Edwin White, Associated Press’s Saigon bureau chief during Vietnam, dies at 90

Edwin Q. White, who served as Saigon bureau chief for the Associated Press as the U.S. committed massive numbers of combat troops to Vietnam, died Nov. 1 at his home in Hono­lulu. He was 90.

Mr. White died of congestive heart failure, said his daughter, Rachel White Watanabe.

Mr. White, known among colleagues as “Quigley,” his middle name, was on emergency duty in Saigon when South Vietnam fell to Hanoi’s communist forces on April 30, 1975. He left on one of the last evacuation helicopters from the roof of the U.S. embassy.

Mr. White is one of five former AP Saigon staffers to die this year, including his former Hawaii neighbor Roy Essoyan, along with George Esper, Horst Faas and Malcolm Browne.

Mr. White was born in Tipton, Mo., on Aug. 29, 1922. He graduated from the University of Missouri’s journalism school and was an Army veteran of World War II. In the Philippines when the war ended in 1945, his unit was sent to Korea to help handle the repatriation of the defeated Japanese troops.

Volunteering for postwar duty in Japan, Mr. White joined Pacific Stars and Stripes, a new Asian edition of the military newspaper.

In 1949, Mr. White joined the news service in Kansas City, moved after five years to New York and in 1960 to Tokyo as news editor in the flagship bureau of the AP’s Asian operations.

The growing conflict in Vietnam led international news agencies to expand their staffs, and Mr. White soon found himself commuting between Japan and Vietnam, spending weeks at a time in the war zone.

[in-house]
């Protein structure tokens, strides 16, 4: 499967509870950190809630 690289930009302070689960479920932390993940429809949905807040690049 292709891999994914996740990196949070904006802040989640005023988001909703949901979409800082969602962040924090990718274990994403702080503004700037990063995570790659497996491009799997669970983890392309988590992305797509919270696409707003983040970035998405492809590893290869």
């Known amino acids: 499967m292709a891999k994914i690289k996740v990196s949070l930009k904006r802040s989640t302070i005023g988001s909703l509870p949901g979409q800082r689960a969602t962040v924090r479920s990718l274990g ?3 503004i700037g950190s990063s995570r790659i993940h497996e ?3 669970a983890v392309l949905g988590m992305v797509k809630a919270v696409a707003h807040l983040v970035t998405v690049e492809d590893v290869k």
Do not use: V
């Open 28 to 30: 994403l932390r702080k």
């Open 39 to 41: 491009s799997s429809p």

As the United States shifted from an advisory to a full combat role in 1965, Mr. White was named chief of the AP’s Saigon bureau.

He worked for the wire service in South Korea before retiring in 1987. Survivors include his wife, Kim, and his daughter.

In four decades with the AP, Mr. White saw his craft evolve from typewriters to computers but felt strongly that the digital revolution should not be the doom of traditional journalism.

“If you learn the facts, report them accurately and get people to put it in the newspapers, or television or radio, that’s the mission,” he said in an oral history interview. “The means of doing it may have changed, but not the basic principle.”

— Associated Press

Richard Pyle, who covered Asia for 13 years as a field reporter and bureau chief, contributed to this story from New York. He worked with Mr. White during the war. Associated Press writer Mary Pemberton in Anchorage also contributed to this story.

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